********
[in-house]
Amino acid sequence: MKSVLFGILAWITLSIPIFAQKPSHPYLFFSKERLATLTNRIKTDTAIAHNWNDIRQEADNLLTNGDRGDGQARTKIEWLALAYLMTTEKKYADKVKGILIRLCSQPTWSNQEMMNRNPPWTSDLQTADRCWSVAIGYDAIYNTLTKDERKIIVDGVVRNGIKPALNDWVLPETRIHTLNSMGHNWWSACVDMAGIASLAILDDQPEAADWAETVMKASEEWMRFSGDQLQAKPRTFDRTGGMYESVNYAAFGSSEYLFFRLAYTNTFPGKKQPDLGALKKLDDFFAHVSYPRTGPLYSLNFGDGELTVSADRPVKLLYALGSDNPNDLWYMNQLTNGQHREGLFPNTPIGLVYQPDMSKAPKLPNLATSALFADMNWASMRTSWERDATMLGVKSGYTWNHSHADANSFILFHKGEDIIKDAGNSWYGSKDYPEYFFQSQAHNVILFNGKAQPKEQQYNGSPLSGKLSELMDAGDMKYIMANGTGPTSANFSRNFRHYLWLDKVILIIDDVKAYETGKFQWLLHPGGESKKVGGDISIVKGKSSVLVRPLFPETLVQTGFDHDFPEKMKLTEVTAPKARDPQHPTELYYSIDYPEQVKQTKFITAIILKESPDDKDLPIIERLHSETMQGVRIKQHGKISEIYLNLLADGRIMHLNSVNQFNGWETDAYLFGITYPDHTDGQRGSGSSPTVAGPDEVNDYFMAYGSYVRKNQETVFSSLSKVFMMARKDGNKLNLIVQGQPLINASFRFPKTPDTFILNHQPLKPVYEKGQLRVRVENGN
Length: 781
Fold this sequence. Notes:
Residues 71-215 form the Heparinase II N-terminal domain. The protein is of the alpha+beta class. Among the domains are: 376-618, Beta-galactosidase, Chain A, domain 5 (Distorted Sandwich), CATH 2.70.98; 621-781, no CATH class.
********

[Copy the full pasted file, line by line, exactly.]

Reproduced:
[in-house]
Amino acid sequence: MKSVLFGILAWITLSIPIFAQKPSHPYLFFSKERLATLTNRIKTDTAIAHNWNDIRQEADNLLTNGDRGDGQARTKIEWLALAYLMTTEKKYADKVKGILIRLCSQPTWSNQEMMNRNPPWTSDLQTADRCWSVAIGYDAIYNTLTKDERKIIVDGVVRNGIKPALNDWVLPETRIHTLNSMGHNWWSACVDMAGIASLAILDDQPEAADWAETVMKASEEWMRFSGDQLQAKPRTFDRTGGMYESVNYAAFGSSEYLFFRLAYTNTFPGKKQPDLGALKKLDDFFAHVSYPRTGPLYSLNFGDGELTVSADRPVKLLYALGSDNPNDLWYMNQLTNGQHREGLFPNTPIGLVYQPDMSKAPKLPNLATSALFADMNWASMRTSWERDATMLGVKSGYTWNHSHADANSFILFHKGEDIIKDAGNSWYGSKDYPEYFFQSQAHNVILFNGKAQPKEQQYNGSPLSGKLSELMDAGDMKYIMANGTGPTSANFSRNFRHYLWLDKVILIIDDVKAYETGKFQWLLHPGGESKKVGGDISIVKGKSSVLVRPLFPETLVQTGFDHDFPEKMKLTEVTAPKARDPQHPTELYYSIDYPEQVKQTKFITAIILKESPDDKDLPIIERLHSETMQGVRIKQHGKISEIYLNLLADGRIMHLNSVNQFNGWETDAYLFGITYPDHTDGQRGSGSSPTVAGPDEVNDYFMAYGSYVRKNQETVFSSLSKVFMMARKDGNKLNLIVQGQPLINASFRFPKTPDTFILNHQPLKPVYEKGQLRVRVENGN
Length: 781
Fold this sequence. Notes:
Residues 71-215 form the Heparinase II N-terminal domain. The protein is of the alpha+beta class. Among the domains are: 376-618, Beta-galactosidase, Chain A, domain 5 (Distorted Sandwich), CATH 2.70.98; 621-781, no CATH class.